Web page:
"Emissions Intensity" -- Pollution by Any Other Name?
Why emissions keep growing under the Bush administration plan.
The Bush administration's voluntary approach to global warming focuses on reducing emissions intensity -- the ratio of carbon dioxide to a measure of economic output. But under the administration's plan, even as emissions intensity improves, total emissions will keep on rising. To combat global warming effectively, the government must focus its policy on reducing the total amount of heat-trapping pollution in the atmosphere.
Emissions intensity is the ratio of carbon dioxide emissions to a measure of economic output. For the economy as a whole, emissions intensity is usually expressed as emissions per dollar of gross domestic product. For the electricity sector, emissions intensity is usually expressed as emissions per kilowatt-hour of electricity generation.
Emissions Intensity vs. Total Emissions
Total emissions can keep increasing as emissions intensity improves. Indeed, the emissions intensity of the U.S. economy has improved for 30 years -- partly because energy efficiency has improved, and partly because economic growth has been faster in relatively clean sectors, such as information technology and services. Nevertheless, total U.S. emissions have grown steadily because the economy has grown faster than the rate of emission intensity improvement:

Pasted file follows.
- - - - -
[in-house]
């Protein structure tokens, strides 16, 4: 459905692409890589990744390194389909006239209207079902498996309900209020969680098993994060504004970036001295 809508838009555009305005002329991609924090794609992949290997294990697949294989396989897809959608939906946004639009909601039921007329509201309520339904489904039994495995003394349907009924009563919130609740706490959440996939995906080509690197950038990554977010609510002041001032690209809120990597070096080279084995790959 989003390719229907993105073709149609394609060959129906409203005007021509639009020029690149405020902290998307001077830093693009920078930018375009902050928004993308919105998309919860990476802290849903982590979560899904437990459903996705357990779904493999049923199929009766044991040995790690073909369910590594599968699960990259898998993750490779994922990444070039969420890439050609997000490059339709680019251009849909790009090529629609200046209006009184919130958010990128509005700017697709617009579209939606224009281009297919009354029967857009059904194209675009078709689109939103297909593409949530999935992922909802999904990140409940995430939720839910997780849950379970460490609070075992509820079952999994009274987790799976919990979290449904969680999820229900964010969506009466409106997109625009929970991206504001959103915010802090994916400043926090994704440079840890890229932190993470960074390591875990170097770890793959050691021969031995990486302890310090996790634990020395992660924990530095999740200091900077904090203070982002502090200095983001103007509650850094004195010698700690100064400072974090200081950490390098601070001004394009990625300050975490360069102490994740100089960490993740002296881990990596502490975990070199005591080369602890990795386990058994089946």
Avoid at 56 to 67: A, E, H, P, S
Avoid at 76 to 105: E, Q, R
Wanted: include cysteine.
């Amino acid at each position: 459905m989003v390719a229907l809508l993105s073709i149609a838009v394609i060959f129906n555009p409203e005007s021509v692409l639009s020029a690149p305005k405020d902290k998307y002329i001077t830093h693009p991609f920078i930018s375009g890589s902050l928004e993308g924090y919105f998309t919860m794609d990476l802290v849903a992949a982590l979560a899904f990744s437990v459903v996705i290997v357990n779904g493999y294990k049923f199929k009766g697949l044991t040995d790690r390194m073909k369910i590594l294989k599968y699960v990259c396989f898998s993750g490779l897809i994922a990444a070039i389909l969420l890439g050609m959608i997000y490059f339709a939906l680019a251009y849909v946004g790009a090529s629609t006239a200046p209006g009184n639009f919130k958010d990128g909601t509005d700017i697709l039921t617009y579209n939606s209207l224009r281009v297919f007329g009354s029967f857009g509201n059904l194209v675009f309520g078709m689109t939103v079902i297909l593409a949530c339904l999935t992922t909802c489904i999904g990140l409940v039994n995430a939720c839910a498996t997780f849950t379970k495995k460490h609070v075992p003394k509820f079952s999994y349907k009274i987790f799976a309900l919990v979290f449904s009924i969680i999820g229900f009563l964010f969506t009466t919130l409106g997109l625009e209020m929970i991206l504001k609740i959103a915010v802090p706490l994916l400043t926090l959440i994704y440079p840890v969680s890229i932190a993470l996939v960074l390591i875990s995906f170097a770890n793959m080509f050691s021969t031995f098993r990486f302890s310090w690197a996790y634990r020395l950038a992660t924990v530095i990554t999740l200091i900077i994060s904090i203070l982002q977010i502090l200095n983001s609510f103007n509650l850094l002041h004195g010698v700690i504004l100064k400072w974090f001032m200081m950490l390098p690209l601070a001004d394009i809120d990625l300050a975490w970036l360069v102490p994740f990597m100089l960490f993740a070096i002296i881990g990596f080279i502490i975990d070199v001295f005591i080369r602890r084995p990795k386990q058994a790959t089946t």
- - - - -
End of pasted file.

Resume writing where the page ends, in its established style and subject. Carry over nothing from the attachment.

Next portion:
Since 1990 the carbon dioxide intensity of the U.S. economy fell by 20 percent. But GDP grew by 46 percent over this period. Hence, total carbon dioxide emissions increased by 17 percent.
The carbon dioxide intensity of electricity production has improved by only 3 percent since 1990. Electricity consumption grew by 30 percent over this period while total carbon dioxide emissions from electricity production grew by 26 percent.1
Unless emissions intensity improves faster than the economy grows, total emissions just keep rising.
Two years ago, President Bush said it was his goal to "slow, stop and reverse" U.S. global warming emissions growth. He set a target of reducing the emissions intensity of the U.S. economy by 18 percent between 2002 and 2012.
The administration plan relies only on voluntary action to meet this target. But even if this target is met, total U.S. global warming emissions will still increase by 14 percent between 2002 and 2012 -- exactly the same rate as they grew in the 1990s.2
The reason is that the president's target for improving emissions intensity is less than the expected rate of economic growth.
Mirroring the administration's overall plan, the electric power industry has reached a voluntary agreement with the Energy Department that will keep increasing this sector's carbon dioxide pollution indefinitely.
Under the industry plan, announced in December 2004, the emissions intensity of electric power production will improve by 3 percent to 5 percent between 2002 and 2012. Given expected increases in electricity production, this means that power plant emissions will grow by 15 percent to 17.5 percent over this period -- about the same rate as the Energy Information Administration's business-as-usual projections.3
Pulling Even, But Barely